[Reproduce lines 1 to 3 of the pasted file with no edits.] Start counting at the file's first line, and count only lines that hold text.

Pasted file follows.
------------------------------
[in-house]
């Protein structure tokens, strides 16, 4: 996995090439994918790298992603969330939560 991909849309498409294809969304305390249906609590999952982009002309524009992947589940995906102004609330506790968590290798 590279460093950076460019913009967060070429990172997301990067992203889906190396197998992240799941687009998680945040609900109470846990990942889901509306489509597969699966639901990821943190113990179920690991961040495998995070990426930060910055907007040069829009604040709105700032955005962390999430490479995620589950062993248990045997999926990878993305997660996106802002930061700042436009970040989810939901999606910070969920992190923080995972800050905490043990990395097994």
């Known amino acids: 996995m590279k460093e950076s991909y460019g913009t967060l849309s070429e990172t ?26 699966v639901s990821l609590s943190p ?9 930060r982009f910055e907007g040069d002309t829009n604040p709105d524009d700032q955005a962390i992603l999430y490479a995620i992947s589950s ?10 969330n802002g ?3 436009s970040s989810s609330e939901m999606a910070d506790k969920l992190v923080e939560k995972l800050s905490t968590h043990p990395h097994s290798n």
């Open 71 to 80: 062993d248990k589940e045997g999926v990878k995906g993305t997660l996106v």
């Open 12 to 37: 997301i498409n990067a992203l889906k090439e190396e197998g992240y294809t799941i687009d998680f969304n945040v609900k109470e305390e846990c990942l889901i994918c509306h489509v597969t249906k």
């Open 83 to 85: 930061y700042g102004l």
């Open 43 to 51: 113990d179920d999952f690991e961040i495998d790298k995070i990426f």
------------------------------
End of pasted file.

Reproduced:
[in-house]
């Protein structure tokens, strides 16, 4: 996995090439994918790298992603969330939560 991909849309498409294809969304305390249906609590999952982009002309524009992947589940995906102004609330506790968590290798 590279460093950076460019913009967060070429990172997301990067992203889906190396197998992240799941687009998680945040609900109470846990990942889901509306489509597969699966639901990821943190113990179920690991961040495998995070990426930060910055907007040069829009604040709105700032955005962390999430490479995620589950062993248990045997999926990878993305997660996106802002930061700042436009970040989810939901999606910070969920992190923080995972800050905490043990990395097994």
């Known amino acids: 996995m590279k460093e950076s991909y460019g913009t967060l849309s070429e990172t ?26 699966v639901s990821l609590s943190p ?9 930060r982009f910055e907007g040069d002309t829009n604040p709105d524009d700032q955005a962390i992603l999430y490479a995620i992947s589950s ?10 969330n802002g ?3 436009s970040s989810s609330e939901m999606a910070d506790k969920l992190v923080e939560k995972l800050s905490t968590h043990p990395h097994s290798n």